Human behavior is quite simple. Most people behave by being reinforced by rewards and being deterred by punishments. Some people will always take the moral high road, but others need to know that if they do something bad, there will be consequences, and it is these consequences that keep them from breaking laws. Sadly, lawmakers, mayors, governors and those in executive positions either don’t comprehend this or they simply want society to be the scapegoat for criminal behavior.  

In addition to the complacency that spawns criminal behavior, we have an administration that has turned a blind eye to the problem, and is actually allowing criminals to flood cities from other countries. The cartels are flourishing under the Biden administration and decent Americans suffer from the policies made by those individuals who are protected by bodyguards, which is a luxury that the majority of Americans don’t possess.

Wokesters were outraged by Jason Aldean’s song, Try That in a Small Town, however, it became a bestselling song because so many people are tired of the kind of lawlessness that permeates so many American cities. Instead of moaning and groaning about a song that has a message about communities standing together against crime, perhaps these liberals need to wake up and realize that it is their policies that are causing so many people to be victimized by bad people.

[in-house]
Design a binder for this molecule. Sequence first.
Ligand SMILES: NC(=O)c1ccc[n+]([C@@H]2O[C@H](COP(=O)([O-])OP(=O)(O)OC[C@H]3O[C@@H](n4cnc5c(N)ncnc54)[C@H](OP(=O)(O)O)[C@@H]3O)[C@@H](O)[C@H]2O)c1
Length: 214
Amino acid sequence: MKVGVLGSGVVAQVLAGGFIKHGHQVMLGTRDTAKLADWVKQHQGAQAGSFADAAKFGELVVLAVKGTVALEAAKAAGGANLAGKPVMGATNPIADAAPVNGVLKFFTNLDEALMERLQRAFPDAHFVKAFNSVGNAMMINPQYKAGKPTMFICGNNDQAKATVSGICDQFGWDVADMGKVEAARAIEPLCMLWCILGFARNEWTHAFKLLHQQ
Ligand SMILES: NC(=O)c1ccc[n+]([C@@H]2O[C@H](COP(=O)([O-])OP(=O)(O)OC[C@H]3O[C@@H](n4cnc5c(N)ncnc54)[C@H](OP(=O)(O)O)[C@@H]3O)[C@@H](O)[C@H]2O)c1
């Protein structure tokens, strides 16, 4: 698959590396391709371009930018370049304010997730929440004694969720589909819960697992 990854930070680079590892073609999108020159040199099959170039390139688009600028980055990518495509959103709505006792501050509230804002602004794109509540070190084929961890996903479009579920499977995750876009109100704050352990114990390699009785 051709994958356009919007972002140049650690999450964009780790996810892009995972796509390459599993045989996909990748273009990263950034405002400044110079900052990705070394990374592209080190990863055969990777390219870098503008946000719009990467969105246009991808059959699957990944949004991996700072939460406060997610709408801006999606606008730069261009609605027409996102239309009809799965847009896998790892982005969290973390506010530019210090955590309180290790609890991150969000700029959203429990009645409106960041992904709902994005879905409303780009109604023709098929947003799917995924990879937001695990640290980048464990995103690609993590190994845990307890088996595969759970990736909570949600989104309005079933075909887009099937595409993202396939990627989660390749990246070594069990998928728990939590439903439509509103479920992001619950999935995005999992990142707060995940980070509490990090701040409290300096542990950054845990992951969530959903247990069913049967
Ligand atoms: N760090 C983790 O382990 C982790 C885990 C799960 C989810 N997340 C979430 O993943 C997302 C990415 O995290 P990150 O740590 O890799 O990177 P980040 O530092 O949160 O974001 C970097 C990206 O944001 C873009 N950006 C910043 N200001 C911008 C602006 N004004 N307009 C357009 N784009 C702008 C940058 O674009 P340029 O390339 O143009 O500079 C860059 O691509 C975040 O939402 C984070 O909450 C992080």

Any society that does not protect its citizens from serial felons or that gives criminals the message through legal ineptness that they won’t be punished is creating a path to anarchy. Weak enforcement of laws cultivates criminals.  So, no I don’t make any excuses for my prejudice against evil people who seek to enrich themselves at the expense of others. Life is both precious and short, and we all deserve to live in an environment where we are safe to walk the streets, ride subways and run businesses without fear of being harmed by moral degenerates whose sole function in life is to hurt others.